How is your portfolio coming along? You’re WAY ahead of me I recall? Thanks for checking in!

  3. Hey, You know mate I’m not complaining I think what you are doing is awesome. I wish I had your knowledge to invest myself but sadly I don’t. I have to rely on the advisors and at that I’m stung just looking at the numbers going down. I’d like to retire happy and have choices in life. Like you we don’t want to rely on Canada to pave the way as there may be no paving going on. Keep up the good work. Mr.CBB

    1. Hey, I don’t think I have very much investing knowledge. I’m learning more everyday.

      I guess that’s why I’m DIY all the way….I want to rely on myself for my/our retirement dreams and not someone else making decisions for me. That includes our government 🙂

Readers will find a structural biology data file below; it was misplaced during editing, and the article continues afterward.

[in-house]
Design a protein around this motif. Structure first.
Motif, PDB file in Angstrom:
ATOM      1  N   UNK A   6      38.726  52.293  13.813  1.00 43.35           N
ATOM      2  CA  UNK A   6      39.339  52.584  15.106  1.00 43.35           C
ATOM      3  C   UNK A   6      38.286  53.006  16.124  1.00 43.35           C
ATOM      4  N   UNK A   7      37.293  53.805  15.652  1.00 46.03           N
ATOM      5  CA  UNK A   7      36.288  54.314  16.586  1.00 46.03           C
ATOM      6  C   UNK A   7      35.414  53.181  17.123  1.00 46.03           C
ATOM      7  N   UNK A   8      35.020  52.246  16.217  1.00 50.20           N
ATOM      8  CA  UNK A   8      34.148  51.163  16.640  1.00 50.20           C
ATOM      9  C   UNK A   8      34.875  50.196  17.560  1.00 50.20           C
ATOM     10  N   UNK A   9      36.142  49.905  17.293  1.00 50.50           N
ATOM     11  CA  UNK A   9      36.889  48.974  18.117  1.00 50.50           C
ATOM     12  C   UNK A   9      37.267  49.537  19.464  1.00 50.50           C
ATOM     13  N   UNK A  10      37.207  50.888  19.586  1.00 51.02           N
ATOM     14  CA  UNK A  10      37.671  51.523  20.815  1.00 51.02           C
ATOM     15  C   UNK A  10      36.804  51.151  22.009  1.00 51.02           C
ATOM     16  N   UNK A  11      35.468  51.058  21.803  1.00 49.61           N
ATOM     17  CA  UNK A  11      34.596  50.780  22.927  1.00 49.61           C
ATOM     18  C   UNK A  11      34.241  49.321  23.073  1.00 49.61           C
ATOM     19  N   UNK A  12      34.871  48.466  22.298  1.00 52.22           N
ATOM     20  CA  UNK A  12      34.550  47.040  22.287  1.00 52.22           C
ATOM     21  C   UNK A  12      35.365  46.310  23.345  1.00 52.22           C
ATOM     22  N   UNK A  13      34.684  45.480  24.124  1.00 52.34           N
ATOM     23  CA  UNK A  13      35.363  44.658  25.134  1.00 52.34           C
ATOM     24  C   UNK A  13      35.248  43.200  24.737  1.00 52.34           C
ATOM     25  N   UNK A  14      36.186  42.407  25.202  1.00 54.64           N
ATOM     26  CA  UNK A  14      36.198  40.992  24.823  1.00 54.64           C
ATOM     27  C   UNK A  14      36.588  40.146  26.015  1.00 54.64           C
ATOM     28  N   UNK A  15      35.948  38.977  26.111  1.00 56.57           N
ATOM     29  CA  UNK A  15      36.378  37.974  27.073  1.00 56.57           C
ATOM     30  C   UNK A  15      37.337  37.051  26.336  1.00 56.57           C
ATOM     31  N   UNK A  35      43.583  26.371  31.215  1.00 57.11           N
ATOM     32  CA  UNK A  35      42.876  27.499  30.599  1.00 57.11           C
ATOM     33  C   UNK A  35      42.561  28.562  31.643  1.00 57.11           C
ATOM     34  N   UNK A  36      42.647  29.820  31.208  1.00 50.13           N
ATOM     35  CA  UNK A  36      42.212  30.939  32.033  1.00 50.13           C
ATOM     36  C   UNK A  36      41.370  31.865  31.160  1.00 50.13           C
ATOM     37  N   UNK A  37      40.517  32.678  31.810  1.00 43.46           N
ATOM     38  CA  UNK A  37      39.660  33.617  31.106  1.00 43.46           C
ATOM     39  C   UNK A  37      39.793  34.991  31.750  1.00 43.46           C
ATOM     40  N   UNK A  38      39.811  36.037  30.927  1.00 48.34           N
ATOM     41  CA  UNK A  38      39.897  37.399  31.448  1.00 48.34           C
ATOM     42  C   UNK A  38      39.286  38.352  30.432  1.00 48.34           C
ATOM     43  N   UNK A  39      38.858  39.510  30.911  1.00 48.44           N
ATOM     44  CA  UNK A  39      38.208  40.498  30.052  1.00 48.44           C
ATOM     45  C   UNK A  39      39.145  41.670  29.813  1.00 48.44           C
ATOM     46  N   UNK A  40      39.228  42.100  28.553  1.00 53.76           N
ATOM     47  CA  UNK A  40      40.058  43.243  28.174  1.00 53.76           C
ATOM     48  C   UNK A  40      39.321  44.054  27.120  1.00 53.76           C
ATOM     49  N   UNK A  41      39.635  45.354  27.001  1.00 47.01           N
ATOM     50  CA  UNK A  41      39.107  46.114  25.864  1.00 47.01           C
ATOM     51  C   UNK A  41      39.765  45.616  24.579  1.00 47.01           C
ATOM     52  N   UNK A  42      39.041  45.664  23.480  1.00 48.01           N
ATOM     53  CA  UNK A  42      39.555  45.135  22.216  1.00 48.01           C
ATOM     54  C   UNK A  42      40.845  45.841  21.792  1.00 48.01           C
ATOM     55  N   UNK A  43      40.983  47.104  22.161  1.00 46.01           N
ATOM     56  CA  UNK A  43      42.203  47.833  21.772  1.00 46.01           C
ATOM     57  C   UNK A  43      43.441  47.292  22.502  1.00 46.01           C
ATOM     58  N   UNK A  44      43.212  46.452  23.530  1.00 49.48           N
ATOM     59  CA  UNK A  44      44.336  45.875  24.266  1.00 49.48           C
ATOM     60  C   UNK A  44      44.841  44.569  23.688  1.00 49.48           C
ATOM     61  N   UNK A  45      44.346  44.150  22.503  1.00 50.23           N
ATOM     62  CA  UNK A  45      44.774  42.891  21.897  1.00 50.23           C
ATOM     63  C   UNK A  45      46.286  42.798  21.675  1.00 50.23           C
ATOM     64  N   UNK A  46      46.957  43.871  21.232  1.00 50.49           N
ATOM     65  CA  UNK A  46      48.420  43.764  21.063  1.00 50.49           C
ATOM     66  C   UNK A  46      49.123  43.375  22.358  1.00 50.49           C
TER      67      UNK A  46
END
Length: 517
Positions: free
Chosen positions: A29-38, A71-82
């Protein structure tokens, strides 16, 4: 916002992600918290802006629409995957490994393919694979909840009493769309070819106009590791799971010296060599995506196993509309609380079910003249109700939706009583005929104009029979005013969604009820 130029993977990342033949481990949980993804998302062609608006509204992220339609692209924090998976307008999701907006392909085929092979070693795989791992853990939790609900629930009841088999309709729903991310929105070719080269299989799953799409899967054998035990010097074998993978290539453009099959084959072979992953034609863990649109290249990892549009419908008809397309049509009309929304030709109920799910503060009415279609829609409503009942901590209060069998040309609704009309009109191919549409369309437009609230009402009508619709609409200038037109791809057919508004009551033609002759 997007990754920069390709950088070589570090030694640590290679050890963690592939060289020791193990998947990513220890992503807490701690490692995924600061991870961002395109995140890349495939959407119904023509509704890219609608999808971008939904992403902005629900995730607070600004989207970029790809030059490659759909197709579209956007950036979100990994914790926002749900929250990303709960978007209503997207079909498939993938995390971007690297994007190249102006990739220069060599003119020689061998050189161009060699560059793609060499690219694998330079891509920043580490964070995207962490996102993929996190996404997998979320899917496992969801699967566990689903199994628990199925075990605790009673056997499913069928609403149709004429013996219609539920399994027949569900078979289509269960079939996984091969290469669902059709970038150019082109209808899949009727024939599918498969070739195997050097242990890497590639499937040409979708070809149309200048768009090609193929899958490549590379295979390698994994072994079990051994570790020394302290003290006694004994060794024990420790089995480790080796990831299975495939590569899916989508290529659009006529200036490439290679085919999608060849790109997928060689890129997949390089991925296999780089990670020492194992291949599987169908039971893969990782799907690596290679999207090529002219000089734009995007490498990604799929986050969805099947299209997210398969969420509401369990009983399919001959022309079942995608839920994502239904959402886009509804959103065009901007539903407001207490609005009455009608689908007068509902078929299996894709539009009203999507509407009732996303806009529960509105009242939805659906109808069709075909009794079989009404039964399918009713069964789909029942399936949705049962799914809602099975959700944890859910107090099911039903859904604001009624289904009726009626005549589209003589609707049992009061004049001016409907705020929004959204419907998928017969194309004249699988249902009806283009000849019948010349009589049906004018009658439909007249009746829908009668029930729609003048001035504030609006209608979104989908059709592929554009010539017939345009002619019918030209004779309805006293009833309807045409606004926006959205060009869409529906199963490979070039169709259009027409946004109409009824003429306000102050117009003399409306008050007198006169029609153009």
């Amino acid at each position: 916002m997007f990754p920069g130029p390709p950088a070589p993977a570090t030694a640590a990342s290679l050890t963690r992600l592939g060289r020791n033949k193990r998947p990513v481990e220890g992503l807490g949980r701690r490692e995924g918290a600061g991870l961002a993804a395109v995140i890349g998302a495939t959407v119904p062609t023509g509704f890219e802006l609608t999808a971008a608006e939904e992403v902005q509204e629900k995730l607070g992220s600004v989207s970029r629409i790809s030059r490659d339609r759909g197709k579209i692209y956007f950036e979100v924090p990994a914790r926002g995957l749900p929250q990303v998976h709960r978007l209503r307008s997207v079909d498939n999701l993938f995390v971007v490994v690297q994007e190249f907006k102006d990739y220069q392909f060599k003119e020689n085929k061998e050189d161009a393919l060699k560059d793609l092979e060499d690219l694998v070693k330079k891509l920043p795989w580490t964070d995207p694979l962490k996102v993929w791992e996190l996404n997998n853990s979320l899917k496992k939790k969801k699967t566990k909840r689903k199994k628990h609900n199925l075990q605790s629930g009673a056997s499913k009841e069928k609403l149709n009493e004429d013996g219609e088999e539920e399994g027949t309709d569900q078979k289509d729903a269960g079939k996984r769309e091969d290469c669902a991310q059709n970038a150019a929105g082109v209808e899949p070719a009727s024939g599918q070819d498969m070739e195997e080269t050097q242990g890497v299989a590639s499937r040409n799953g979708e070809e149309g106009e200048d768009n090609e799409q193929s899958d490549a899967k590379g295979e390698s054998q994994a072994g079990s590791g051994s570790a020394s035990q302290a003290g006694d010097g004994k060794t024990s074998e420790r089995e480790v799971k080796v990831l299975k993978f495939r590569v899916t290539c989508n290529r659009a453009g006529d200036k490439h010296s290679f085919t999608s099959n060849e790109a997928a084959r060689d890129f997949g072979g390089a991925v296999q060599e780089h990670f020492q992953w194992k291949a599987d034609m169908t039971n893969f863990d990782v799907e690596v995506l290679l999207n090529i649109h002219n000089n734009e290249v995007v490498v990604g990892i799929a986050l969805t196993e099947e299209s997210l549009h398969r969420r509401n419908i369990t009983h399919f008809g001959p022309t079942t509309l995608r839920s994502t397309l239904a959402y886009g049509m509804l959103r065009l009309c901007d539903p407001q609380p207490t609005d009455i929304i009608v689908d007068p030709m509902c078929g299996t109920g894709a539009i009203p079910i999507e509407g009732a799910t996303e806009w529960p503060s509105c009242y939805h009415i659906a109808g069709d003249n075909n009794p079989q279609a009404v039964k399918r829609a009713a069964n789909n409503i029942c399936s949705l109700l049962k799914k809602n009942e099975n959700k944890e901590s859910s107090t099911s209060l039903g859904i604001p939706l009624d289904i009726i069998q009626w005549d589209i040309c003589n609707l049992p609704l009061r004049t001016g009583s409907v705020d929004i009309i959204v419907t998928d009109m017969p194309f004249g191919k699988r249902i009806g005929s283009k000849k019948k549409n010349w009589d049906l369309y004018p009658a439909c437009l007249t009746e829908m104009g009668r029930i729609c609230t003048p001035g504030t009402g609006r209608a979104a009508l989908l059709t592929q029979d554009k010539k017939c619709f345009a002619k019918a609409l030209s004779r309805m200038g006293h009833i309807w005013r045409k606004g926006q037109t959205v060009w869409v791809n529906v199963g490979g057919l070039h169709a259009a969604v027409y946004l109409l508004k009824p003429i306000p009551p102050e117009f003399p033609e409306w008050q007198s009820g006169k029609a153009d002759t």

Thanks for supporting my investing journey!

  4. So the Dividends you receive in your TFSA are tax free as well. I suppose that is obvious to everyone else, but for some reason I thought otherwise, thanks for writing that so we of the feeble financial minds can know it too!

    1. Yupper, tax-free capital appreciation but mostly dividends in the TFSA.

      I have tax-efficient dividends using my non-registered brokerage account as well, but hopefully over time, my plan is to maximize both our TFSAs for the next 20 years that should produce a bunch (more) tax-free income I can withdraw at any time. I recall only about $1,800 of our dividend income is tax-free right now but that should grow. 🙂

  5. Wow that’s not bad. I don’t have much money invested in dividend producing stocks right now. But I will definitely be moving towards that as I get older. Definitely a nice source of passive income if you’re looking for multiple sources of income.